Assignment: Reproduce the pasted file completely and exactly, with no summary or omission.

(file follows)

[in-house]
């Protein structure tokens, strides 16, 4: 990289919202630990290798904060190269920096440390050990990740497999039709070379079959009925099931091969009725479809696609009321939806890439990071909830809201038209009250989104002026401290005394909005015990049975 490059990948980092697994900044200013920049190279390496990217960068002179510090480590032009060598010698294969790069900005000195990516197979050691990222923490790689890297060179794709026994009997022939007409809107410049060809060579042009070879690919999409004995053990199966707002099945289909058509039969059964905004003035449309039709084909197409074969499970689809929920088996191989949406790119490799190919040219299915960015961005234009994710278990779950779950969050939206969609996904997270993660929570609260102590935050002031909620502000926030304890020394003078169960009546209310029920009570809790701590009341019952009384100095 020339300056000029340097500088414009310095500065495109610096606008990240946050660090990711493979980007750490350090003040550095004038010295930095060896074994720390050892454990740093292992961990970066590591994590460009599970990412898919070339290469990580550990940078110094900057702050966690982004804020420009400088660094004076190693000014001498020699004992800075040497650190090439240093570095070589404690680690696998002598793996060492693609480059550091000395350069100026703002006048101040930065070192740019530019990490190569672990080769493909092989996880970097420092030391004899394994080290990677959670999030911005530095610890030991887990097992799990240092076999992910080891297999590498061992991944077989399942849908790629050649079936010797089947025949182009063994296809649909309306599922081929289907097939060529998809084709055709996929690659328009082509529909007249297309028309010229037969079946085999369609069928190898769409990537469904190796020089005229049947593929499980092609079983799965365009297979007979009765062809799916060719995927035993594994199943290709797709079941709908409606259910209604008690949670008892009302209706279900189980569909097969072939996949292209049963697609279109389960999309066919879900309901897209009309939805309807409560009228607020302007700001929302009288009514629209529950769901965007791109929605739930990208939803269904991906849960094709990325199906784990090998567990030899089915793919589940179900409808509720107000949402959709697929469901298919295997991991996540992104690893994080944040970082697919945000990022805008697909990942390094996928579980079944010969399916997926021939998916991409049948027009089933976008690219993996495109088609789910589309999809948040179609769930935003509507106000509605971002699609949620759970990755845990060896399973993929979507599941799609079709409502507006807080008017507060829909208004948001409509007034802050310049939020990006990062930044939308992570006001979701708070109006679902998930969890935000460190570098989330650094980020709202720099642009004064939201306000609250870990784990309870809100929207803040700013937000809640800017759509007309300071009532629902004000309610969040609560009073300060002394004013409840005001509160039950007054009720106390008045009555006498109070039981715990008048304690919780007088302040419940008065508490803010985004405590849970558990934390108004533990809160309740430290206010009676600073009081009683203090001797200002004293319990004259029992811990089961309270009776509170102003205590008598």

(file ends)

[in-house]
């Protein structure tokens, strides 16, 4: 990289919202630990290798904060190269920096440390050990990740497999039709070379079959009925099931091969009725479809696609009321939806890439990071909830809201038209009250989104002026401290005394909005015990049975 490059990948980092697994900044200013920049190279390496990217960068002179510090480590032009060598010698294969790069900005000195990516197979050691990222923490790689890297060179794709026994009997022939007409809107410049060809060579042009070879690919999409004995053990199966707002099945289909058509039969059964905004003035449309039709084909197409074969499970689809929920088996191989949406790119490799190919040219299915960015961005234009994710278990779950779950969050939206969609996904997270993660929570609260102590935050002031909620502000926030304890020394003078169960009546209310029920009570809790701590009341019952009384100095 020339300056000029340097500088414009310095500065495109610096606008990240946050660090990711493979980007750490350090003040550095004038010295930095060896074994720390050892454990740093292992961990970066590591994590460009599970990412898919070339290469990580550990940078110094900057702050966690982004804020420009400088660094004076190693000014001498020699004992800075040497650190090439240093570095070589404690680690696998002598793996060492693609480059550091000395350069100026703002006048101040930065070192740019530019990490190569672990080769493909092989996880970097420092030391004899394994080290990677959670999030911005530095610890030991887990097992799990240092076999992910080891297999590498061992991944077989399942849908790629050649079936010797089947025949182009063994296809649909309306599922081929289907097939060529998809084709055709996929690659328009082509529909007249297309028309010229037969079946085999369609069928190898769409990537469904190796020089005229049947593929499980092609079983799965365009297979007979009765062809799916060719995927035993594994199943290709797709079941709908409606259910209604008690949670008892009302209706279900189980569909097969072939996949292209049963697609279109389960999309066919879900309901897209009309939805309807409560009228607020302007700001929302009288009514629209529950769901965007791109929605739930990208939803269904991906849960094709990325199906784990090998567990030899089915793919589940179900409808509720107000949402959709697929469901298919295997991991996540992104690893994080944040970082697919945000990022805008697909990942390094996928579980079944010969399916997926021939998916991409049948027009089933976008690219993996495109088609789910589309999809948040179609769930935003509507106000509605971002699609949620759970990755845990060896399973993929979507599941799609079709409502507006807080008017507060829909208004948001409509007034802050310049939020990006990062930044939308992570006001979701708070109006679902998930969890935000460190570098989330650094980020709202720099642009004064939201306000609250870990784990309870809100929207803040700013937000809640800017759509007309300071009532629902004000309610969040609560009073300060002394004013409840005001509160039950007054009720106390008045009555006498109070039981715990008048304690919780007088302040419940008065508490803010985004405590849970558990934390108004533990809160309740430290206010009676600073009081009683203090001797200002004293319990004259029992811990089961309270009776509170102003205590008598």